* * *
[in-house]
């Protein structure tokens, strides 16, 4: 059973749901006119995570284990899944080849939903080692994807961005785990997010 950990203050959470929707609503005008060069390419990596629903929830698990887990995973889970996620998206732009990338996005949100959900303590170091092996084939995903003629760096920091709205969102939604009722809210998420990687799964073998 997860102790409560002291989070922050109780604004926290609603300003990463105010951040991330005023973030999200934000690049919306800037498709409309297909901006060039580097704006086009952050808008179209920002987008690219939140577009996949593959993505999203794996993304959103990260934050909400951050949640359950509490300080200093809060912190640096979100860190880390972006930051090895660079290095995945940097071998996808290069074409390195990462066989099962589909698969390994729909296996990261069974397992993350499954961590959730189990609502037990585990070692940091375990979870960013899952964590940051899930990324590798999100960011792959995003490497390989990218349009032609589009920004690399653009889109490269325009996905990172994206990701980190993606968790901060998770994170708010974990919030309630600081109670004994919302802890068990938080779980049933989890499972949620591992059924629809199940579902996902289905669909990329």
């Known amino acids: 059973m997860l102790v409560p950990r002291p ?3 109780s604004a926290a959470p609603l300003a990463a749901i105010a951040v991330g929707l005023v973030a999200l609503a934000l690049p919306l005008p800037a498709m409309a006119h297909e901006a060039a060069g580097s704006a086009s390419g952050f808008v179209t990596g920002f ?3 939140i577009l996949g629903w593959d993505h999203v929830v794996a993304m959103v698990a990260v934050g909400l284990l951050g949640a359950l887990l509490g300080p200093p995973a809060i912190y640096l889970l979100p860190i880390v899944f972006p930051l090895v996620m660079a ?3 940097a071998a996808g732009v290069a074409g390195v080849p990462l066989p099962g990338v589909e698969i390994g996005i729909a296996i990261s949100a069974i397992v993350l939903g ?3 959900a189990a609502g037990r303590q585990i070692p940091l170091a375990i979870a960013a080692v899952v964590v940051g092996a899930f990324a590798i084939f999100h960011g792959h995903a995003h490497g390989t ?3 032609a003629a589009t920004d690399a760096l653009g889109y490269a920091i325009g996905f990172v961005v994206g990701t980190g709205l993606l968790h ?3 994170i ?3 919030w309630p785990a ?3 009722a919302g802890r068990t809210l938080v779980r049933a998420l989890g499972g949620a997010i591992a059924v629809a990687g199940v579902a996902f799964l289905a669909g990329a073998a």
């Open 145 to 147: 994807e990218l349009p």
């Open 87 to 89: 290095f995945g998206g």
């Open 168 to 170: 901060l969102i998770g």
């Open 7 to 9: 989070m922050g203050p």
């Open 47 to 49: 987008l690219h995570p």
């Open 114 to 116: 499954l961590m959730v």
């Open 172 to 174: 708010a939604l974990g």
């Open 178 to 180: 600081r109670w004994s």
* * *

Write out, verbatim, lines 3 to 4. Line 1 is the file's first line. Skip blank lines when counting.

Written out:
């Known amino acids: 059973m997860l102790v409560p950990r002291p ?3 109780s604004a926290a959470p609603l300003a990463a749901i105010a951040v991330g929707l005023v973030a999200l609503a934000l690049p919306l005008p800037a498709m409309a006119h297909e901006a060039a060069g580097s704006a086009s390419g952050f808008v179209t990596g920002f ?3 939140i577009l996949g629903w593959d993505h999203v929830v794996a993304m959103v698990a990260v934050g909400l284990l951050g949640a359950l887990l509490g300080p200093p995973a809060i912190y640096l889970l979100p860190i880390v899944f972006p930051l090895v996620m660079a ?3 940097a071998a996808g732009v290069a074409g390195v080849p990462l066989p099962g990338v589909e698969i390994g996005i729909a296996i990261s949100a069974i397992v993350l939903g ?3 959900a189990a609502g037990r303590q585990i070692p940091l170091a375990i979870a960013a080692v899952v964590v940051g092996a899930f990324a590798i084939f999100h960011g792959h995903a995003h490497g390989t ?3 032609a003629a589009t920004d690399a760096l653009g889109y490269a920091i325009g996905f990172v961005v994206g990701t980190g709205l993606l968790h ?3 994170i ?3 919030w309630p785990a ?3 009722a919302g802890r068990t809210l938080v779980r049933a998420l989890g499972g949620a997010i591992a059924v629809a990687g199940v579902a996902f799964l289905a669909g990329a073998a």
């Open 145 to 147: 994807e990218l349009p």